I’m not going to lie. It’s been hard for me to find solid trade ideas in this market.
And it’s not because I haven’t been trying.
In such a news-heavy market it’s hard not to be tempted to jump right in and try to make moves.
But if there is one lesson I’ve learned over my long career, it’s…
Whatever you do — don’t force trades.
There’s nothing fun or exciting about sitting on the sidelines.
That said, having consistency as a trader requires serious patience and discipline.
You’ve gotta be like a zen master … sitting on your hands until the perfect opportunity comes along.
If I weren’t so patient, I never would’ve made it this far in the stock market…
Had I forced trades early on in my career, I wouldn’t be teaching today. I’d be part of the 90% of traders who LOSE MONEY.
But luckily, I met Tim Sykes and his guidance changed my life.
Now, I’m here to guide you through anything the market throws at us, just as Sykes did for me when I first joined his Trading Challenge back in 2010…
Bottom line: I’ve been through slow periods before. And I’m ready to reveal some tips and tricks I’ve developed to avoid forcing trades.
But before we get to that, let’s zoom out and take a look at the big picture of the stock market…
My Big-Picture View of the Market
There’s no reason to sugarcoat it … the stock market is in a multi-month downtrend.
The entire year has been ugly for stocks, but the past few weeks have been especially demoralizing for bulls.
The brief relief rally that began in mid-March has been decimated back to YTD lows, with tech giants like Netflix Inc. (NASDAQ: NFLX) and Amazon.com, Inc. (NASDAQ: AMZN) leading the way lower via disappointing Q1 earnings.
For several months, FAANG stocks have had relative strength compared with the overall tech sector.
The fact that some of these names are starting to break down on high volume is a particularly bearish signal.
The Invesco QQQ Trust (NASDAQ: QQQ) recently lost a crucial support level at $320. If the Nasdaq-tracking fund can’t reclaim $320 soon, it could get even uglier.
But if we look at the big picture, QQQ is already down 19% YTD.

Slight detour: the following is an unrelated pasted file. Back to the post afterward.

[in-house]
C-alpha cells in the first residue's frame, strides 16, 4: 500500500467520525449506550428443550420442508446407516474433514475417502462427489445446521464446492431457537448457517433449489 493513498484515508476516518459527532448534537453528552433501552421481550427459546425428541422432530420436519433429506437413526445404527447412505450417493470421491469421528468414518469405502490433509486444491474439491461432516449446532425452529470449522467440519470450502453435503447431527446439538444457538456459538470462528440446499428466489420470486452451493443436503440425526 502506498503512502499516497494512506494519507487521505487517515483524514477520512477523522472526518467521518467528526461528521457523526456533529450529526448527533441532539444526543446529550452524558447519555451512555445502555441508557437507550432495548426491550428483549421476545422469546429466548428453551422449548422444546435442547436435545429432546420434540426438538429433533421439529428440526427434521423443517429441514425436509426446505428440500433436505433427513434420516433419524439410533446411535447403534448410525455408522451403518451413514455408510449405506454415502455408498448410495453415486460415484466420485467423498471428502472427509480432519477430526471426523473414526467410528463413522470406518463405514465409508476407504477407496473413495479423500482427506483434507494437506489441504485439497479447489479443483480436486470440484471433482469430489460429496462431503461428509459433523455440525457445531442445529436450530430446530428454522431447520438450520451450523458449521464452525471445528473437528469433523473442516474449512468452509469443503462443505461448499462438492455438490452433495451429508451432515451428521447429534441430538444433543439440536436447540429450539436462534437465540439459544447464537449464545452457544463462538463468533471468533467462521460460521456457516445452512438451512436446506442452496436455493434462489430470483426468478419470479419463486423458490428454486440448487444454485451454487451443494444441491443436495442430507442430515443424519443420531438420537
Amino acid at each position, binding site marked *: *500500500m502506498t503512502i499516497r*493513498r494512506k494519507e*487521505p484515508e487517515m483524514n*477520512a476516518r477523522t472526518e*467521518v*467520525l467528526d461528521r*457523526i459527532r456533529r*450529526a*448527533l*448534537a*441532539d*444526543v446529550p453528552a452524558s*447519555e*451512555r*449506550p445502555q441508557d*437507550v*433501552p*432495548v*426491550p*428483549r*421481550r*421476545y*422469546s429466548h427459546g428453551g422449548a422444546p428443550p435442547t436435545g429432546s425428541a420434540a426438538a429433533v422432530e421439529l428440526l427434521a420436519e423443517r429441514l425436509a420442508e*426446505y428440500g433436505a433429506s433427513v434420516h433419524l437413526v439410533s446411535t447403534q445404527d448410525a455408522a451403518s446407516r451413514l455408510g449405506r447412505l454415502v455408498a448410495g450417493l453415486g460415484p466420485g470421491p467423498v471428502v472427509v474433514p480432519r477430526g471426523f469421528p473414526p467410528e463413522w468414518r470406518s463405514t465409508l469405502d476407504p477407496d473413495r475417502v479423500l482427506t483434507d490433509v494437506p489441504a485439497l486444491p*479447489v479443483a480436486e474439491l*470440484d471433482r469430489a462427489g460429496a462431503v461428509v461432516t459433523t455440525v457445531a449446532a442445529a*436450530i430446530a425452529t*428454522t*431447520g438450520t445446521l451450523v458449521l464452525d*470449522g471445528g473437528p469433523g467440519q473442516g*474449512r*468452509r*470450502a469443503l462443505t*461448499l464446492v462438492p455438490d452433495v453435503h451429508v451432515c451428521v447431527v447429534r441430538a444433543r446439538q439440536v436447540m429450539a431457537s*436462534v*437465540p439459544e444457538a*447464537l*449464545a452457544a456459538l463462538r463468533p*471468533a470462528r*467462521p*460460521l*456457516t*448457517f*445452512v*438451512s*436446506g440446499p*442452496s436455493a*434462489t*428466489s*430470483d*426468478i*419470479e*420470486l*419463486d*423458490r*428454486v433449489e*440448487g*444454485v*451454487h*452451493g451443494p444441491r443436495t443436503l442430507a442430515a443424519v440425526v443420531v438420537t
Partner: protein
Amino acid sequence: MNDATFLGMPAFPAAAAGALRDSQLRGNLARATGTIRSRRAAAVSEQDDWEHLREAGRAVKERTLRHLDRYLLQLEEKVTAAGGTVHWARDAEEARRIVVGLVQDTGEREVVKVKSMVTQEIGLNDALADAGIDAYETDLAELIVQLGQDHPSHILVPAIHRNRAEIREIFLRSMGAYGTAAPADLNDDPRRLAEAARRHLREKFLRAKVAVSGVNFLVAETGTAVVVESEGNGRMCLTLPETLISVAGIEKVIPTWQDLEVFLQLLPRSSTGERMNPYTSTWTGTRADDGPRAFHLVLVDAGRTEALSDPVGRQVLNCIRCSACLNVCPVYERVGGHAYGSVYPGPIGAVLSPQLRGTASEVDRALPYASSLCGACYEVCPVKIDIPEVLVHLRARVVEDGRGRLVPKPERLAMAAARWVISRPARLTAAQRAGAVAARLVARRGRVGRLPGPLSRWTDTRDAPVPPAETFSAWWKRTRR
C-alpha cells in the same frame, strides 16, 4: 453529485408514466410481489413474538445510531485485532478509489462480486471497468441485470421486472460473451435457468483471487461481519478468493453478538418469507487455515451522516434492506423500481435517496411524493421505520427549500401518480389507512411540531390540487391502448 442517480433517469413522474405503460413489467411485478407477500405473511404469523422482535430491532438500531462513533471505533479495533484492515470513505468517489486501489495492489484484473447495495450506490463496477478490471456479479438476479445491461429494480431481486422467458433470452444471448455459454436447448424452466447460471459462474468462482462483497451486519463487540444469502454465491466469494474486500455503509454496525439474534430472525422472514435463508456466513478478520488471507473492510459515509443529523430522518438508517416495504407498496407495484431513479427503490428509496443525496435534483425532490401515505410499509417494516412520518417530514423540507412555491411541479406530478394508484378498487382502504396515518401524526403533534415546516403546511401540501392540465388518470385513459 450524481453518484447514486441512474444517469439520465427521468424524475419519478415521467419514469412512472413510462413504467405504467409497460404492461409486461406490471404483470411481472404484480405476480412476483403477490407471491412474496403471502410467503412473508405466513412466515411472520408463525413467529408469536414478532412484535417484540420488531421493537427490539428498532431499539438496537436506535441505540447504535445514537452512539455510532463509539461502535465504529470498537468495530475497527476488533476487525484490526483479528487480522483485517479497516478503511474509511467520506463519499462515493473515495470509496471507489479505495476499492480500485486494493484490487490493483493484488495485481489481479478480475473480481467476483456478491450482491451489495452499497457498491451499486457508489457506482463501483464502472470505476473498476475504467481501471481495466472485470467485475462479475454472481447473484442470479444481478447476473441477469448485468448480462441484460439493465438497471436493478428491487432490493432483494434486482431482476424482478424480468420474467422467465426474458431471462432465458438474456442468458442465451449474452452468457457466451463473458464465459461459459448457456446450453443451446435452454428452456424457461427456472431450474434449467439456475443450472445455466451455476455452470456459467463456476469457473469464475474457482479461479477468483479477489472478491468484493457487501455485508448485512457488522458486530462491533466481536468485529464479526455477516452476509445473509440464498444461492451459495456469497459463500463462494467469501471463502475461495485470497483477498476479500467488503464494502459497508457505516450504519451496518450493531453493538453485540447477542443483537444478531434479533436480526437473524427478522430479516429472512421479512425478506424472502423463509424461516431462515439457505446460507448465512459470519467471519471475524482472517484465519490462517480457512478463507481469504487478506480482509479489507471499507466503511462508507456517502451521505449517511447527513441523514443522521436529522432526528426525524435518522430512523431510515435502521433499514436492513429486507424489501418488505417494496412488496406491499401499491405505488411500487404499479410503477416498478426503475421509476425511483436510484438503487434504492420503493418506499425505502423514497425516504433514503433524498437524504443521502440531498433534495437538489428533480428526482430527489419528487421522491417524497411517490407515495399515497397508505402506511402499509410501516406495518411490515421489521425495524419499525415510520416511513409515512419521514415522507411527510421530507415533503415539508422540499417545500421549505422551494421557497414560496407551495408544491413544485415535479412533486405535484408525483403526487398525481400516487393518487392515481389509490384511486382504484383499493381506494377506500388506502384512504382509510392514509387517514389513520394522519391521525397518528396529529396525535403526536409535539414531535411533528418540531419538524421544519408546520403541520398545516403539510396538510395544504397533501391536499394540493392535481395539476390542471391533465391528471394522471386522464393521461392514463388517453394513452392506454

This is in line with historical tech drawdowns, where 20-30% can be expected in bear markets.
It’s already a pretty big dip for tech stocks…
It feels like the selling is getting a bit exhausted and a lot of charts are sitting near (or just below) strong support, like QQQ.
In other words, a bounce could be coming. Then I expect further downside later this year.
This is why I’m currently sitting on the sidelines, not making a lot of trades.
We’re at a critical inflection point in the stock market.
I think there could be a big bounce (or a massive moment of capitulation), depending on whether QQQ can get back above support or not.
But it’s better to wait for confirmation of direction. I don’t wanna force any trade too early.
3 Easy Ways to Avoid Forcing Trades
With that in mind, I’d like to tell you about three tips that have helped me to avoid forcing trades throughout my career…
Tip #1: Never Send Market Orders
When traders get overexuberant, they tend to mash the ‘market order’ button.
They let the importance of cost basis move to the back of their minds. DO NOT make this mistake.
Instead, ALWAYS send limit orders. Pick the price at which you’re willing to enter the trade and STICK TO IT.
By sending limit orders, you can name your price. And this should help you avoid the temptation to force the trade at an arbitrary price point.
Tip #2: Focus on Building Your Watchlist
A major component of forcing trades is venturing outside your watchlist.
Don’t do this, especially in the kind of market we’re currently dealing with.
Want to be alerted to hot trade ideas before anywhere else?
Check out the alert for DWAC on October 21st:
This is a tool you’ll want in your trading toolbox.
You’ve built your watchlist for a reason — you understand the psychology of the charts you’re tracking.
So keep it simple. Wait for the stocks in your watchlist to react the way you want them to … don’t go trading new names you’re unfamiliar with!
Tip #3: Don’t Chase Trade Alerts
Chasing alerts is a risky business. It’s important to steer clear of this to avoid unnecessary losses.
I hate to see students lose money by following last-minute alerts with no research of their own.
But when momentum stocks aren’t firing on all cylinders, I see alert-chasing begin to happen more and more.
Staying up-to-date with stock news is important. But don’t be desperate to trade every day.
Unless it’s a five-star setup on a stock you’re watching — let most trade alerts go in one ear and out the other.
While experienced traders may be able to take advantage of a market downturn, newbies should stay on the sidelines.
NEVER force trades.
In these market conditions, setups become less predictable and more dangerous. The rewards may be potentially bigger, but the risks are bigger as well…
This is the perfect time for Evolvers to sit on the sidelines and go over plays they’ve been considering, with the plan to strike when the market signals it’s smoothing out…